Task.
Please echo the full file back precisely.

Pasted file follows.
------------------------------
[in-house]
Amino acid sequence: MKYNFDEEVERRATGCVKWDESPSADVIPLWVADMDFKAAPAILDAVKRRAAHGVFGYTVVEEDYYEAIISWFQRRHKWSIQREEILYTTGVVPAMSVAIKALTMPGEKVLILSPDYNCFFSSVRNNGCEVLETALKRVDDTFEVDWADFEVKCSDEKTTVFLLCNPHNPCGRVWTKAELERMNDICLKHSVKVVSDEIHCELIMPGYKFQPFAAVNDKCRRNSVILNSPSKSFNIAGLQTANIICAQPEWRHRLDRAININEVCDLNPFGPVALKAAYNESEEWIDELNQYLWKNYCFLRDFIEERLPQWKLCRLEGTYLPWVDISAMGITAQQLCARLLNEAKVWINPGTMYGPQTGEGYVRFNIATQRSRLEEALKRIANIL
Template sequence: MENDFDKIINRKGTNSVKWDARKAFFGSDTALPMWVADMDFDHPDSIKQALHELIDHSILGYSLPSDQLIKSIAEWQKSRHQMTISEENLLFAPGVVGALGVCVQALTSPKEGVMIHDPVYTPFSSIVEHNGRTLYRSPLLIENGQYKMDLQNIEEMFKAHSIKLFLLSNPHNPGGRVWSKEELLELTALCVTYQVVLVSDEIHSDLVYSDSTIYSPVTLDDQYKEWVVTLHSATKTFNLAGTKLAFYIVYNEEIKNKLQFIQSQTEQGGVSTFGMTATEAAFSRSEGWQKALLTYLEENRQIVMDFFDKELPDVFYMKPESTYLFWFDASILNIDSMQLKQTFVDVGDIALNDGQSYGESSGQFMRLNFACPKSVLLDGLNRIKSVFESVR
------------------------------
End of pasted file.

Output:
[in-house]
Amino acid sequence: MKYNFDEEVERRATGCVKWDESPSADVIPLWVADMDFKAAPAILDAVKRRAAHGVFGYTVVEEDYYEAIISWFQRRHKWSIQREEILYTTGVVPAMSVAIKALTMPGEKVLILSPDYNCFFSSVRNNGCEVLETALKRVDDTFEVDWADFEVKCSDEKTTVFLLCNPHNPCGRVWTKAELERMNDICLKHSVKVVSDEIHCELIMPGYKFQPFAAVNDKCRRNSVILNSPSKSFNIAGLQTANIICAQPEWRHRLDRAININEVCDLNPFGPVALKAAYNESEEWIDELNQYLWKNYCFLRDFIEERLPQWKLCRLEGTYLPWVDISAMGITAQQLCARLLNEAKVWINPGTMYGPQTGEGYVRFNIATQRSRLEEALKRIANIL
Template sequence: MENDFDKIINRKGTNSVKWDARKAFFGSDTALPMWVADMDFDHPDSIKQALHELIDHSILGYSLPSDQLIKSIAEWQKSRHQMTISEENLLFAPGVVGALGVCVQALTSPKEGVMIHDPVYTPFSSIVEHNGRTLYRSPLLIENGQYKMDLQNIEEMFKAHSIKLFLLSNPHNPGGRVWSKEELLELTALCVTYQVVLVSDEIHSDLVYSDSTIYSPVTLDDQYKEWVVTLHSATKTFNLAGTKLAFYIVYNEEIKNKLQFIQSQTEQGGVSTFGMTATEAAFSRSEGWQKALLTYLEENRQIVMDFFDKELPDVFYMKPESTYLFWFDASILNIDSMQLKQTFVDVGDIALNDGQSYGESSGQFMRLNFACPKSVLLDGLNRIKSVFESVR